“Oh! man, mortal, if you be not the arch-fiend I mocked, is there no ransom? Can I pay none that will abet your own love of life; for you know, Mahound, you will die within twelve hours for this deed; it is hopeless to think of escape, you will die inch by inch, as surely as you will burn in hell.”
“What care I for the life that you rendered worse than the cat’s, that, poor beast! has nine lives, or yon corbie’s, which, unhappy bird! outlasts a hundred years. Your hell is not my hell. Bid your bonny wife farewell, Sir Raoul; they do say she was laith to come, but, by my word, she is laith, too, to go.”
“Is there nothing in the wide universe you will take—heavens fall and cover her! Christ come down and sain her!” groans Sir Raoul, with the big sweat-drops hailing from his brow.
“Stay,” cries Mahound, mowing and capering. “You said my skin was black, Sir Raoul, as if your boot had stamped the dye, and my nose flat, as if your sword had pommeled it, and my mouth slit and laid over, as if your dagger had cut and spread it. Make me a gift of your red and brown skin, master, your high nose, your arched mouth—fling them to me across the water, Sir Raoul, and your pinging dame may remain scatheless for me.”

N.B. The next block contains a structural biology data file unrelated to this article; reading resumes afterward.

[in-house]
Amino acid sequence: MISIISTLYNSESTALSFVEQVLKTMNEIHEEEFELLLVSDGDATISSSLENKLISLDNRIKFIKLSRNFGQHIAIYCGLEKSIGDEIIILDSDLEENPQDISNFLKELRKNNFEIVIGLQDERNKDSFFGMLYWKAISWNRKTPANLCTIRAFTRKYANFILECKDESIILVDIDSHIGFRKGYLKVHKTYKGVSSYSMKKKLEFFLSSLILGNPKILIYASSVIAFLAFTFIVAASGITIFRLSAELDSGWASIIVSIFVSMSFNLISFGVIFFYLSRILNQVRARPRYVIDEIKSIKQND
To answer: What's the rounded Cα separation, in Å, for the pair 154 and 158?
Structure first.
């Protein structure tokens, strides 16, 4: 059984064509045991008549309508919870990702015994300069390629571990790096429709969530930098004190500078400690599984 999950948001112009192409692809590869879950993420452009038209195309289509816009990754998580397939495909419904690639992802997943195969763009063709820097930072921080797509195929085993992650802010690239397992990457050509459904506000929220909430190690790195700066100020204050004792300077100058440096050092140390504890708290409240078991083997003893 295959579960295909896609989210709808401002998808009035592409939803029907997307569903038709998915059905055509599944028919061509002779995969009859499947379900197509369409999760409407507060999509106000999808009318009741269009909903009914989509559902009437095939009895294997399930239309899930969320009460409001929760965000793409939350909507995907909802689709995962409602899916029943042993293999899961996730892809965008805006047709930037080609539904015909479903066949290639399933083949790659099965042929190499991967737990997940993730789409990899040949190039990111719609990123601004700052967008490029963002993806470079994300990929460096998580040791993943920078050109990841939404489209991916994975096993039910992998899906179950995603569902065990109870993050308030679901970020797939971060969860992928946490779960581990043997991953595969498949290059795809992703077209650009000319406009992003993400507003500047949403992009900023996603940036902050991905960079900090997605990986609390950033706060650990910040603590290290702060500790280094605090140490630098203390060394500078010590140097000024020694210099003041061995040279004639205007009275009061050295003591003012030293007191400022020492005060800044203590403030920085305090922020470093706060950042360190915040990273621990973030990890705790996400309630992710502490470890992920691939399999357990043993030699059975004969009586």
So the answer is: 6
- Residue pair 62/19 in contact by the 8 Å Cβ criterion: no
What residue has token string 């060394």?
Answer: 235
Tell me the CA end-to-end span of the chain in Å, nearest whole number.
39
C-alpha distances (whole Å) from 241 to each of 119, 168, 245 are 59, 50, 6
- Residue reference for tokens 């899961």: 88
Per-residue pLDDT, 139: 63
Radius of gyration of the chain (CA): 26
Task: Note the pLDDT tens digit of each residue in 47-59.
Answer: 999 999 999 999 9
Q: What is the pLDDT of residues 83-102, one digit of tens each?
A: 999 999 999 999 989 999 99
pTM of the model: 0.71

Sir Raoul had gripped his hanger all these terrible moments—he did not hesitate a second, he lifted his hand against himself, and the blow came down shearing to the bone.
Oh! mighty love which many waters could not quench, stronger than death, deeper than the grave, refusing not that pain, indignity, and shame. Blinded and faint in his agony, Sir Raoul heard again that voice which had hailed him thus once before, and once only, it penetrated his throbbing brain, it dulled the torment, the rage, the humiliation, it thrilled him with delight and bliss. She saw his hand raised with her dying eyes, she knew what he, the man of blood, would do for her—that which paled death itself. She awoke to one of these great hidden truths near every one of us, she cried piteously with her last breath:
“Raoul, my Raoul, let me go, spare yourself.”
“Oh! that strange sweet rapture filled his veins, it shivered through him, it affected him like witchcraft, it raised the very hairs of his head like inspiration.
“Well done!” jeers Mahound, “but I’ve thought better of my bargain.”
“My Raoul,” the knight hears alone, sinking down on the grass.
A scream, a rush, a splash, the bubble of foam bells on the dull, slimy moat, and the white waif is gone for ever!
“My Raoul!” is whispered in the ringing ears of the Laird of Baikie, as he closes his eyes by the bright sparkling stream.
But Sir Raoul recovers, stiff, sore, and strange: sunshine and silence, the firm castle walls, the restless Isla water, an open empty window, before him. He comprehends with an awful shock; he waits a moment; he crawls along,